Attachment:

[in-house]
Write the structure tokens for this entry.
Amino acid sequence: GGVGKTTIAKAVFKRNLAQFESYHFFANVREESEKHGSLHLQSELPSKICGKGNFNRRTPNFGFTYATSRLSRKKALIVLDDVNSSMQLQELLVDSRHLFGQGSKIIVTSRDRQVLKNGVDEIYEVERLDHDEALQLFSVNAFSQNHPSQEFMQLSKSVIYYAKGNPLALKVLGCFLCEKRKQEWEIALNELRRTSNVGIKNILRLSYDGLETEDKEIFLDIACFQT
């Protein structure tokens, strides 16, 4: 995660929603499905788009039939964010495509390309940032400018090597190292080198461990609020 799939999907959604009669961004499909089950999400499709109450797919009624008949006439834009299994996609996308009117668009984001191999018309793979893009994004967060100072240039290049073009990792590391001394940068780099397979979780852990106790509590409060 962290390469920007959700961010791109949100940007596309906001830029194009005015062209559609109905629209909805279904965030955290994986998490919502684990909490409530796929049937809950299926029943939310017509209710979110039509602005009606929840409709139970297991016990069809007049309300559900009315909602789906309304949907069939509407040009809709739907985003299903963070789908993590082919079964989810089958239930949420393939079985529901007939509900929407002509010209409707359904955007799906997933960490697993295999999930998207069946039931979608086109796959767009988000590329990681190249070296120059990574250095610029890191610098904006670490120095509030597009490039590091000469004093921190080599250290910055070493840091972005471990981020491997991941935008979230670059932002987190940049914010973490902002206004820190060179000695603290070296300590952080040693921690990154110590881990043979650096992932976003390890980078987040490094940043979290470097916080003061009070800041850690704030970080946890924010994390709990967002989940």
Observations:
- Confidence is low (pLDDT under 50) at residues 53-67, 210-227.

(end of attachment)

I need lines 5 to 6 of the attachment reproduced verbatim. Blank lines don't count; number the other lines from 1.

Observations:
- Confidence is low (pLDDT under 50) at residues 53-67, 210-227.